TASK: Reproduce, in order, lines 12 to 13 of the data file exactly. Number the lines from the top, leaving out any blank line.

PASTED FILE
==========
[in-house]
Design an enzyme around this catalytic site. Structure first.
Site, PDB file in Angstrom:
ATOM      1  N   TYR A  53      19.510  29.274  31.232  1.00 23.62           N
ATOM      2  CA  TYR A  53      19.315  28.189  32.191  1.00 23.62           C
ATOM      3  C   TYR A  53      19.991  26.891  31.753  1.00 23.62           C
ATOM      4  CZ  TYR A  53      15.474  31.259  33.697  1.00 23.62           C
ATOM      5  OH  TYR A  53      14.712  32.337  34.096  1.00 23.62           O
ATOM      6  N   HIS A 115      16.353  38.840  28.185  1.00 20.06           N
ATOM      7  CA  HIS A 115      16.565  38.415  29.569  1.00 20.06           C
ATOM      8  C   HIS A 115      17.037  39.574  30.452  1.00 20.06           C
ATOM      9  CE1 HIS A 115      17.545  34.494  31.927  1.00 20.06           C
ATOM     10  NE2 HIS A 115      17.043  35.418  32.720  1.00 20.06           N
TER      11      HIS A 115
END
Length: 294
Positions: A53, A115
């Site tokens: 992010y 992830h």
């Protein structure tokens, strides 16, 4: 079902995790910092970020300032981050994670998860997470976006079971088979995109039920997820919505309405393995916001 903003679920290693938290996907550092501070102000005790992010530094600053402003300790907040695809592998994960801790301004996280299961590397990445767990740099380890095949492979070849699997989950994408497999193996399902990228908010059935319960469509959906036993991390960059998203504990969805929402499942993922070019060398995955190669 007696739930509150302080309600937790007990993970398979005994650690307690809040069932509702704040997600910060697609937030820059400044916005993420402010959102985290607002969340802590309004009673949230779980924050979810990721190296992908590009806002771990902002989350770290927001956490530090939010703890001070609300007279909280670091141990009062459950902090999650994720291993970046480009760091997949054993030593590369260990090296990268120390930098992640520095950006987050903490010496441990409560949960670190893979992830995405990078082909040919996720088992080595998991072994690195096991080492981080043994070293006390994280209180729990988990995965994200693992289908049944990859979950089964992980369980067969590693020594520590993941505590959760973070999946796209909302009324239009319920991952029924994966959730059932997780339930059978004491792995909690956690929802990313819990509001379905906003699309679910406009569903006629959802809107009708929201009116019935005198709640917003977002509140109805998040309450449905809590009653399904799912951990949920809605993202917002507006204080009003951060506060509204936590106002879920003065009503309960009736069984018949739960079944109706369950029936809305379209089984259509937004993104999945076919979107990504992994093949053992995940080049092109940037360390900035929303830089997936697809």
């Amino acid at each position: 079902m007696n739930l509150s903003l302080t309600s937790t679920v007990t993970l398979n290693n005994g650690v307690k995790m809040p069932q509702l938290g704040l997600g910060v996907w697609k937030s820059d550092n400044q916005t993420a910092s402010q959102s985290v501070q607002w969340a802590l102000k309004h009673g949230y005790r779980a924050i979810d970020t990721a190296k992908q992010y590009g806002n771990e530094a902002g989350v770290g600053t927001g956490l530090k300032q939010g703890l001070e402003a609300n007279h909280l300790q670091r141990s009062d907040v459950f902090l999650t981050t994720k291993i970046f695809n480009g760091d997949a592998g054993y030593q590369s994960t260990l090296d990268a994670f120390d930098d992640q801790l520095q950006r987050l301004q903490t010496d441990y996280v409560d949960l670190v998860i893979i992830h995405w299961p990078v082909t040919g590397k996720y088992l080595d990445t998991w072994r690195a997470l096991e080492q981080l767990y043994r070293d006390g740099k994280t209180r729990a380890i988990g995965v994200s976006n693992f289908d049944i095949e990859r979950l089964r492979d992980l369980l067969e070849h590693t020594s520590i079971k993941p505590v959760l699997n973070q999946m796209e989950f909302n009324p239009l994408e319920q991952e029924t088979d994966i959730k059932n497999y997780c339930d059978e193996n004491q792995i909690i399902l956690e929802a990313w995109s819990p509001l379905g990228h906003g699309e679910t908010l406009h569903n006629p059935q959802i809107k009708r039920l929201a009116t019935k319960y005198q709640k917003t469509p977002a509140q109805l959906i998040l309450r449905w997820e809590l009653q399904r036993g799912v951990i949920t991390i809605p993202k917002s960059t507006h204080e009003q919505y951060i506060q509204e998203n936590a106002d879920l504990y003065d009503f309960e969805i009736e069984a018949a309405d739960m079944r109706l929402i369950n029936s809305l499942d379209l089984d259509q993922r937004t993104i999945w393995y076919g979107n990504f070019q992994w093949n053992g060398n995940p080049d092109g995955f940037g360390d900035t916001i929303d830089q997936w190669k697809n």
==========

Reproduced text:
ATOM      9  CE1 HIS A 115      17.545  34.494  31.927  1.00 20.06           C
ATOM     10  NE2 HIS A 115      17.043  35.418  32.720  1.00 20.06           N